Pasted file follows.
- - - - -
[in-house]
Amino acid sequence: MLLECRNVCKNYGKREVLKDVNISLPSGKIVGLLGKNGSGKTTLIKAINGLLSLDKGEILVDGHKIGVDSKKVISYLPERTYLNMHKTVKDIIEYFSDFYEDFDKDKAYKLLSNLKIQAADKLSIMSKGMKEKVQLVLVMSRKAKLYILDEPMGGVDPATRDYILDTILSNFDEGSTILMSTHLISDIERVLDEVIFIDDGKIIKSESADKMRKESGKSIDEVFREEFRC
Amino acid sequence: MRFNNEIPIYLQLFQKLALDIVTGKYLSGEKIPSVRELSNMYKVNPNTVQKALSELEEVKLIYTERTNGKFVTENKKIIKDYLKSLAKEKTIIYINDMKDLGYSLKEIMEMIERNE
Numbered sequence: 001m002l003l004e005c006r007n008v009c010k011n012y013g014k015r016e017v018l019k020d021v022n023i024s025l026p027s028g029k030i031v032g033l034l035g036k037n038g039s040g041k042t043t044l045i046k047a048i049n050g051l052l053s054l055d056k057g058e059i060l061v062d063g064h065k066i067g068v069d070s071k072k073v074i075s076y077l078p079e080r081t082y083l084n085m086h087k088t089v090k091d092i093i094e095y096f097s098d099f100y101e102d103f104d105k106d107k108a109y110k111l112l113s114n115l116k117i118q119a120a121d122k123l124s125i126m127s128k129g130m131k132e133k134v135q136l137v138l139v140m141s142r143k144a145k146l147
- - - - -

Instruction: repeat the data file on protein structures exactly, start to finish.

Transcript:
[in-house]
Amino acid sequence: MLLECRNVCKNYGKREVLKDVNISLPSGKIVGLLGKNGSGKTTLIKAINGLLSLDKGEILVDGHKIGVDSKKVISYLPERTYLNMHKTVKDIIEYFSDFYEDFDKDKAYKLLSNLKIQAADKLSIMSKGMKEKVQLVLVMSRKAKLYILDEPMGGVDPATRDYILDTILSNFDEGSTILMSTHLISDIERVLDEVIFIDDGKIIKSESADKMRKESGKSIDEVFREEFRC
Amino acid sequence: MRFNNEIPIYLQLFQKLALDIVTGKYLSGEKIPSVRELSNMYKVNPNTVQKALSELEEVKLIYTERTNGKFVTENKKIIKDYLKSLAKEKTIIYINDMKDLGYSLKEIMEMIERNE
Numbered sequence: 001m002l003l004e005c006r007n008v009c010k011n012y013g014k015r016e017v018l019k020d021v022n023i024s025l026p027s028g029k030i031v032g033l034l035g036k037n038g039s040g041k042t043t044l045i046k047a048i049n050g051l052l053s054l055d056k057g058e059i060l061v062d063g064h065k066i067g068v069d070s071k072k073v074i075s076y077l078p079e080r081t082y083l084n085m086h087k088t089v090k091d092i093i094e095y096f097s098d099f100y101e102d103f104d105k106d107k108a109y110k111l112l113s114n115l116k117i118q119a120a121d122k123l124s125i126m127s128k129g130m131k132e133k134v135q136l137v138l139v140m141s142r143k144a145k146l147